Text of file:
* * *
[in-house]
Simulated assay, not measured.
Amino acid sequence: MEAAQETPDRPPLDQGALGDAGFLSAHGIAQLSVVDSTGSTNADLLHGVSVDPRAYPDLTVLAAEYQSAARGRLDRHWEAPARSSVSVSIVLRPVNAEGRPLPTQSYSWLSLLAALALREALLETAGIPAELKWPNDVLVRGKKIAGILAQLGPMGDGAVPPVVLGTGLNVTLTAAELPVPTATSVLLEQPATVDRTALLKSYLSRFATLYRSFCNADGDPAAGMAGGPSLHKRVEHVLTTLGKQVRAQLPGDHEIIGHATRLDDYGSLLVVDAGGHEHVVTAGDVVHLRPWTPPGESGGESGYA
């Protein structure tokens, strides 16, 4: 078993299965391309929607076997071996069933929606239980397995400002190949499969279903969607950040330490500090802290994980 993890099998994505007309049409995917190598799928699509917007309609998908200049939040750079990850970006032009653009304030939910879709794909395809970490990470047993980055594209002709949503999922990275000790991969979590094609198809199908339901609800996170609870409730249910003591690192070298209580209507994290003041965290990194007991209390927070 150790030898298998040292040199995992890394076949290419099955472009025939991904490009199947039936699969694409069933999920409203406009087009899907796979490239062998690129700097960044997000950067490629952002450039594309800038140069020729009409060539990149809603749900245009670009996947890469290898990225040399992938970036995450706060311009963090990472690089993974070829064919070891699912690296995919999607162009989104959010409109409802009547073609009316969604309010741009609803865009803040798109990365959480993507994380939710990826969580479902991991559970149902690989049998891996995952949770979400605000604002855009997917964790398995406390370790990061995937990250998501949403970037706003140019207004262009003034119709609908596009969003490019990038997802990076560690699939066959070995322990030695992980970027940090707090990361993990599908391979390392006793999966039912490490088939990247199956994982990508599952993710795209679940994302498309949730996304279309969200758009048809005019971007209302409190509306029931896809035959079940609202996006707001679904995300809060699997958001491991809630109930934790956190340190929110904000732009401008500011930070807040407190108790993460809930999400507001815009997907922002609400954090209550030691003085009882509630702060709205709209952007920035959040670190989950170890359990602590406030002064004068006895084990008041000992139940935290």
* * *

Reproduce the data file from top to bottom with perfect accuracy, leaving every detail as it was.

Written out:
[in-house]
Simulated assay, not measured.
Amino acid sequence: MEAAQETPDRPPLDQGALGDAGFLSAHGIAQLSVVDSTGSTNADLLHGVSVDPRAYPDLTVLAAEYQSAARGRLDRHWEAPARSSVSVSIVLRPVNAEGRPLPTQSYSWLSLLAALALREALLETAGIPAELKWPNDVLVRGKKIAGILAQLGPMGDGAVPPVVLGTGLNVTLTAAELPVPTATSVLLEQPATVDRTALLKSYLSRFATLYRSFCNADGDPAAGMAGGPSLHKRVEHVLTTLGKQVRAQLPGDHEIIGHATRLDDYGSLLVVDAGGHEHVVTAGDVVHLRPWTPPGESGGESGYA
């Protein structure tokens, strides 16, 4: 078993299965391309929607076997071996069933929606239980397995400002190949499969279903969607950040330490500090802290994980 993890099998994505007309049409995917190598799928699509917007309609998908200049939040750079990850970006032009653009304030939910879709794909395809970490990470047993980055594209002709949503999922990275000790991969979590094609198809199908339901609800996170609870409730249910003591690192070298209580209507994290003041965290990194007991209390927070 150790030898298998040292040199995992890394076949290419099955472009025939991904490009199947039936699969694409069933999920409203406009087009899907796979490239062998690129700097960044997000950067490629952002450039594309800038140069020729009409060539990149809603749900245009670009996947890469290898990225040399992938970036995450706060311009963090990472690089993974070829064919070891699912690296995919999607162009989104959010409109409802009547073609009316969604309010741009609803865009803040798109990365959480993507994380939710990826969580479902991991559970149902690989049998891996995952949770979400605000604002855009997917964790398995406390370790990061995937990250998501949403970037706003140019207004262009003034119709609908596009969003490019990038997802990076560690699939066959070995322990030695992980970027940090707090990361993990599908391979390392006793999966039912490490088939990247199956994982990508599952993710795209679940994302498309949730996304279309969200758009048809005019971007209302409190509306029931896809035959079940609202996006707001679904995300809060699997958001491991809630109930934790956190340190929110904000732009401008500011930070807040407190108790993460809930999400507001815009997907922002609400954090209550030691003085009882509630702060709205709209952007920035959040670190989950170890359990602590406030002064004068006895084990008041000992139940935290």